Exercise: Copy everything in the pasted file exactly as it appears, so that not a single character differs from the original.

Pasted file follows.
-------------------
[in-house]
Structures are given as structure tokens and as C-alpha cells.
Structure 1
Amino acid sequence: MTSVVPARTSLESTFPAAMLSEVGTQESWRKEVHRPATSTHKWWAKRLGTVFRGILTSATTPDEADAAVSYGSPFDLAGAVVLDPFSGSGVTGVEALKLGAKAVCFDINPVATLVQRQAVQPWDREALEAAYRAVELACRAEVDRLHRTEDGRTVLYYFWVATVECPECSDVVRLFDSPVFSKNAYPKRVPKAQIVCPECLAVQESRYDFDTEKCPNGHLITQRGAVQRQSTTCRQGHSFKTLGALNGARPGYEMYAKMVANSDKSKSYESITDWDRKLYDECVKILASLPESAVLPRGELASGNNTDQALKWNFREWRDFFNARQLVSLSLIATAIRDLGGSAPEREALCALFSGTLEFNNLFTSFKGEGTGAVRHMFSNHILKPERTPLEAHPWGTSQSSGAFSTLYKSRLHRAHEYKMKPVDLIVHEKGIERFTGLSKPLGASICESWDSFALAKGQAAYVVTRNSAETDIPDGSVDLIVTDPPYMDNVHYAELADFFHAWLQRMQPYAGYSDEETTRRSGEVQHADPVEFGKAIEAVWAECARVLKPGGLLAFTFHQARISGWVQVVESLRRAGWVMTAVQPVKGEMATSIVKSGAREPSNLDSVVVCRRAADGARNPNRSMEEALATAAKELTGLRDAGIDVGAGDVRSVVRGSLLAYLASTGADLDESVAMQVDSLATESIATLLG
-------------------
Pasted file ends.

[in-house]
Structures are given as structure tokens and as C-alpha cells.
Structure 1
Amino acid sequence: MTSVVPARTSLESTFPAAMLSEVGTQESWRKEVHRPATSTHKWWAKRLGTVFRGILTSATTPDEADAAVSYGSPFDLAGAVVLDPFSGSGVTGVEALKLGAKAVCFDINPVATLVQRQAVQPWDREALEAAYRAVELACRAEVDRLHRTEDGRTVLYYFWVATVECPECSDVVRLFDSPVFSKNAYPKRVPKAQIVCPECLAVQESRYDFDTEKCPNGHLITQRGAVQRQSTTCRQGHSFKTLGALNGARPGYEMYAKMVANSDKSKSYESITDWDRKLYDECVKILASLPESAVLPRGELASGNNTDQALKWNFREWRDFFNARQLVSLSLIATAIRDLGGSAPEREALCALFSGTLEFNNLFTSFKGEGTGAVRHMFSNHILKPERTPLEAHPWGTSQSSGAFSTLYKSRLHRAHEYKMKPVDLIVHEKGIERFTGLSKPLGASICESWDSFALAKGQAAYVVTRNSAETDIPDGSVDLIVTDPPYMDNVHYAELADFFHAWLQRMQPYAGYSDEETTRRSGEVQHADPVEFGKAIEAVWAECARVLKPGGLLAFTFHQARISGWVQVVESLRRAGWVMTAVQPVKGEMATSIVKSGAREPSNLDSVVVCRRAADGARNPNRSMEEALATAAKELTGLRDAGIDVGAGDVRSVVRGSLLAYLASTGADLDESVAMQVDSLATESIATLLG